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...& on through the steps as for the first tackle assembly...

 

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Only the best & oldest fingernail clippers for snipping off the excess. There are many more "blocks" in these scraps:

 

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Getting the wire ends into the holes in the slide beds isn't the easiest task, but touching the joins with a little CA quickly finished the task & all outer ends are level with the slide beds:

 

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That's cutting it a bit closer than intended on the spread at the outer ends, but this will work:

 

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Cantilevered stretched-sprue gun training tackles. A little paint, & breeching lines through the rings on the cascabels, will see these five done:

 

Surprise_444

 

'Til next time,

Cheers, -Lars

 

 

Edited by lars_opland
spelling

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Thanks Will,

 

I figured the gangways won't hide these 5 guns on each side, but the 2 stacks of boats will leave only glimpses here & there. Still, glimpses of something will be better than glimpses of nothing.

That's my story & I'm stuck with it! I can also claim truthfully enough that rigging these 10 is needed practice for the 12 smaller pairs (24 tackles = 48 blocks + 48 "lines" + 24 bent wires) on the upper deck, which will be far more visible.

 

To be continued.

 

Cheers, -Lars

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Hello Lars,

 

I've just caught up on this amazing thread. Normally an aircraft and AFV modeller who now and then (twice in my lifetime) built plastic martime models. Oh, and in a cupboard I have a Talhoer wooden model of a Spanish Fishing vessel which was started some years ago and keeps looking at me sadly to be finished .......! I am amazed at the quality and finesse achievable in a plastic ship model and this thread has changed my outlook on such things!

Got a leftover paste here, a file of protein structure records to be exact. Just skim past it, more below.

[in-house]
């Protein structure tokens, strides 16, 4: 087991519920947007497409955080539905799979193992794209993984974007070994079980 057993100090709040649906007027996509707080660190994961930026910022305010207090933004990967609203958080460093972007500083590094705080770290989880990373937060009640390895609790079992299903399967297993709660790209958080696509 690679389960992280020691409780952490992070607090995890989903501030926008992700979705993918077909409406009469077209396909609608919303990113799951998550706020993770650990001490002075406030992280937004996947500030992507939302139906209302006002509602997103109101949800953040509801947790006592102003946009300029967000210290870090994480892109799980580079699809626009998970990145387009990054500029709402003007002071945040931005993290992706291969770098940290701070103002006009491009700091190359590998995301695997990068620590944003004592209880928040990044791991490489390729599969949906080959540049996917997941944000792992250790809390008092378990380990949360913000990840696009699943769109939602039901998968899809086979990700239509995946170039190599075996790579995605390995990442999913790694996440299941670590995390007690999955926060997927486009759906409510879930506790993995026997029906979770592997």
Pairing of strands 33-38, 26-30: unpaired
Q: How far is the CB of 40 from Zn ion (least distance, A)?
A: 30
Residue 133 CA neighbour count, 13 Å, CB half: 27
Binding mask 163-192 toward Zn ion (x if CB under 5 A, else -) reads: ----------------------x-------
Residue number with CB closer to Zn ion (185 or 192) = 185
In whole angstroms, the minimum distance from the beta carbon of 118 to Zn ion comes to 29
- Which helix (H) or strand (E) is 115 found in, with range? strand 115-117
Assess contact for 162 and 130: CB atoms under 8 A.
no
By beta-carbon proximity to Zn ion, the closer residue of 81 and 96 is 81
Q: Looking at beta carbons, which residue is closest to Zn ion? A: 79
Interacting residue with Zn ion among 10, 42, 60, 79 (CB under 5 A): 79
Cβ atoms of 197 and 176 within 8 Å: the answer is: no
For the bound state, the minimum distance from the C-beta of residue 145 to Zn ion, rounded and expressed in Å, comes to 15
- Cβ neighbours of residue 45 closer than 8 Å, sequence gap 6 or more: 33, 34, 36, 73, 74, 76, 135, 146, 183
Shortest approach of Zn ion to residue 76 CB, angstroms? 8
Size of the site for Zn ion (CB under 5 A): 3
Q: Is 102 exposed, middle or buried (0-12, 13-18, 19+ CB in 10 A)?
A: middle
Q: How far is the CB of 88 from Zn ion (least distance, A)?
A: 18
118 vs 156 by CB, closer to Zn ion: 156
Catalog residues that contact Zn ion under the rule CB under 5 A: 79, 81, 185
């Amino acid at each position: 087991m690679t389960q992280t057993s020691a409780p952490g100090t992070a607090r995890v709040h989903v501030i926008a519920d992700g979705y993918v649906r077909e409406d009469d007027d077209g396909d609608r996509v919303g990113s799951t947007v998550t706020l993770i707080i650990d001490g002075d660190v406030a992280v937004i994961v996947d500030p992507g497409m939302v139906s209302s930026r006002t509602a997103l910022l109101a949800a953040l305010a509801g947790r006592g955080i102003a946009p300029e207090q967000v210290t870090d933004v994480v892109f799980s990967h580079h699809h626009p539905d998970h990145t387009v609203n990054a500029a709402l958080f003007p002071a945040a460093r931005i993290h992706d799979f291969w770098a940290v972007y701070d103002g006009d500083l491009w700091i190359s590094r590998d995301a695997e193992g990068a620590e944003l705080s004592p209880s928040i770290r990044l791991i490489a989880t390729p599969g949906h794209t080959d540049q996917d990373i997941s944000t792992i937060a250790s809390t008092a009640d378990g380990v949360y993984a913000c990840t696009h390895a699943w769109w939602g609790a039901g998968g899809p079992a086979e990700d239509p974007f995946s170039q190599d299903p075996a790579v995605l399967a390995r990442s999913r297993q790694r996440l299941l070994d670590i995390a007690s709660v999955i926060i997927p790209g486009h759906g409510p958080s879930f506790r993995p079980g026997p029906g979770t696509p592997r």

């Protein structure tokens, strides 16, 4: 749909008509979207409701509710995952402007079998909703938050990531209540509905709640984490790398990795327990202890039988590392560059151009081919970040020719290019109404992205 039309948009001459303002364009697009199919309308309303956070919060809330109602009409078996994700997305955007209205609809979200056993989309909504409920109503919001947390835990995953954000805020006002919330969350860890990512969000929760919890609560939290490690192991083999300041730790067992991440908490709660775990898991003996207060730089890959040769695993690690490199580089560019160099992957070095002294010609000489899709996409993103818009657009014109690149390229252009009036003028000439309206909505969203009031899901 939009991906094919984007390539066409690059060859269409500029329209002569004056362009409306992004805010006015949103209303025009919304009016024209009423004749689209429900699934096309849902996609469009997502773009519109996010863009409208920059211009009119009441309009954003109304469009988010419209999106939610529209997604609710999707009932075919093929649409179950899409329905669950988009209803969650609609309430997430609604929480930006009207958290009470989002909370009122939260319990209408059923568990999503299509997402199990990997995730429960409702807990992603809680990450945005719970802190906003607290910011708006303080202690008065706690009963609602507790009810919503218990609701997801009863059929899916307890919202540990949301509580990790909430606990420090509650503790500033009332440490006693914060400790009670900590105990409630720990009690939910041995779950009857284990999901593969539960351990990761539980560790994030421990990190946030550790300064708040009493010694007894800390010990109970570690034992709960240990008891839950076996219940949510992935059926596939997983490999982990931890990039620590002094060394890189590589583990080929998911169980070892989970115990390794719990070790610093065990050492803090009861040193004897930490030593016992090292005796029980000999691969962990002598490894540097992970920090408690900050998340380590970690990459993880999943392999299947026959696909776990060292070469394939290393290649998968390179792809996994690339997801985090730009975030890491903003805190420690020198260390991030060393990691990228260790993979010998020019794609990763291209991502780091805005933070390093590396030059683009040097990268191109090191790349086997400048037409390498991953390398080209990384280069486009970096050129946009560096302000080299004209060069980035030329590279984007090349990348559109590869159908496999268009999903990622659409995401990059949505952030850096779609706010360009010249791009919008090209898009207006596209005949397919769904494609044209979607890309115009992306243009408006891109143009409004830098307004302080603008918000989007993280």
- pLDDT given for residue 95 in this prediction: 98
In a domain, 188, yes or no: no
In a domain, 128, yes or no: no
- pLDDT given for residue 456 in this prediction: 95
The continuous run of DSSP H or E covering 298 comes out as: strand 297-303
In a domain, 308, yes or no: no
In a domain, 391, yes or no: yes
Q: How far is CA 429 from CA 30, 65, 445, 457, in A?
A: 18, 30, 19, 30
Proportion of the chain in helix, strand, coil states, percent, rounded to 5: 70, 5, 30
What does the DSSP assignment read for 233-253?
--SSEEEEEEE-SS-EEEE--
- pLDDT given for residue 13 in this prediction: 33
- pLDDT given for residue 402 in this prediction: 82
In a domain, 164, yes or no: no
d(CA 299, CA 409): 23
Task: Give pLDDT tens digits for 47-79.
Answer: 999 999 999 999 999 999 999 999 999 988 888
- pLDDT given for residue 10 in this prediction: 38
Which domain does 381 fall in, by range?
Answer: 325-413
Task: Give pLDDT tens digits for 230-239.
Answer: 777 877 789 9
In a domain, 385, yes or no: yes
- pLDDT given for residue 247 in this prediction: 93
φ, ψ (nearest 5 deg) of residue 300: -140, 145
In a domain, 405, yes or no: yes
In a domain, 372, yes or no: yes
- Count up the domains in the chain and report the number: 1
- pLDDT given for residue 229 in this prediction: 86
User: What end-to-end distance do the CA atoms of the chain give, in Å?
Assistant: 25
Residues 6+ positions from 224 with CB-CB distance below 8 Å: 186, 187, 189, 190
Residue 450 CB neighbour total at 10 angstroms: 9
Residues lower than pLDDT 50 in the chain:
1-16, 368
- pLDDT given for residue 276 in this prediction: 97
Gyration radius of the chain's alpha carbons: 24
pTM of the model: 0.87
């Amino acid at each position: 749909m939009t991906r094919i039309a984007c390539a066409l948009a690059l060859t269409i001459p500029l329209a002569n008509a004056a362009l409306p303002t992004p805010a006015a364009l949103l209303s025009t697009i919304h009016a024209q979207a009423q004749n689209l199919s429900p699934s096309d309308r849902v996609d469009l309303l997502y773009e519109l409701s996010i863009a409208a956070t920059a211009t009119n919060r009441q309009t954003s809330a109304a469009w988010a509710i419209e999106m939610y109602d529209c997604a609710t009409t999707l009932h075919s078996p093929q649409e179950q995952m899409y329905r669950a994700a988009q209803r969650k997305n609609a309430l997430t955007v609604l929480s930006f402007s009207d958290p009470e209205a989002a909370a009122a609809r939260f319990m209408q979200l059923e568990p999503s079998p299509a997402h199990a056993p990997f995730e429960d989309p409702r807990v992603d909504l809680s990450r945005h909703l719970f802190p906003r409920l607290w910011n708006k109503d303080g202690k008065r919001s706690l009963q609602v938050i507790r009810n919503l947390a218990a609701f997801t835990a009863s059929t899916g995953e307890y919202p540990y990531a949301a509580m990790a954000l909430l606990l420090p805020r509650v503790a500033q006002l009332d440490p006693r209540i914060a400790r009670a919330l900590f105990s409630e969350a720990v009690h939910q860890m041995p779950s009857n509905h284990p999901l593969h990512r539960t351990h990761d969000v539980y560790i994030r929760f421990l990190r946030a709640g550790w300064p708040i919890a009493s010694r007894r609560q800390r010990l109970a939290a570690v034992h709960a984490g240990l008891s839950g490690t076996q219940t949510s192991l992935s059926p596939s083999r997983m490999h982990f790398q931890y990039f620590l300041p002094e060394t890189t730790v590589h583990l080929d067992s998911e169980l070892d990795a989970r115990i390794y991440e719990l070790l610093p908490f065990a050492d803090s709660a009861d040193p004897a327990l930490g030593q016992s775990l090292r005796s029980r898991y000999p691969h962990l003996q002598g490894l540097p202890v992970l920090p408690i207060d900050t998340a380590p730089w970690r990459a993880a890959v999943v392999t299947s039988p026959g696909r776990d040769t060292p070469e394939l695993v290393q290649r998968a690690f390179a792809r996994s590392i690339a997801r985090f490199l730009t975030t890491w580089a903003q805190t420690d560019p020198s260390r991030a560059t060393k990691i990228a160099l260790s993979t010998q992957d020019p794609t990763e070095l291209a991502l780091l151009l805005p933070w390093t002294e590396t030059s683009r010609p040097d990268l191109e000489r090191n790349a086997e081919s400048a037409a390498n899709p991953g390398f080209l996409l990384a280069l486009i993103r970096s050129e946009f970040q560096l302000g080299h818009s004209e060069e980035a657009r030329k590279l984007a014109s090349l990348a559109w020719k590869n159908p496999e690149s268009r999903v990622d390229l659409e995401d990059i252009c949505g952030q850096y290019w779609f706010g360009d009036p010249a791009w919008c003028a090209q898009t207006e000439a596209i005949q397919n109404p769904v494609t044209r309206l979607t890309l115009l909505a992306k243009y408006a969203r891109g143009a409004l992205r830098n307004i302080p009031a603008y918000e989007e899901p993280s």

I will look on now with much interest indeed. Superb modelling.

 

Cheers

 

Terry

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Thank You very much, Terry & Stuart!

 

We of a certain age recall when most articles in any modelling magazine, on any genre, included lots of scratch-built detailing, much of it in stretched sprue & sheet plastic, in olden times before photo-etch was "a thing".

 

Terry, if you're a 1954, so am I!

 

Surprise_445

 

Cheers, -Lars

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Fantastic progress - I have the "Jolly Roger" kiddie boxing in my stash (caused some sneers, jeers & giggles when it was delivered at my OFFICE ADDRESS by accident) but have so many things going on that it is still safely in my stash. And I'm super happy to say that the "Like" functionality is working perfectly fine again for me (and other things, at one stage even Previous Page / Next Page also stopped working in both Firefox and Chrome).

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On 5/26/2018 at 5:24 PM, lars_opland said:

Terry, if you're a 1954, so am I!

aha, snap!

 

Just catching up here on your amazing work again!

 

Terry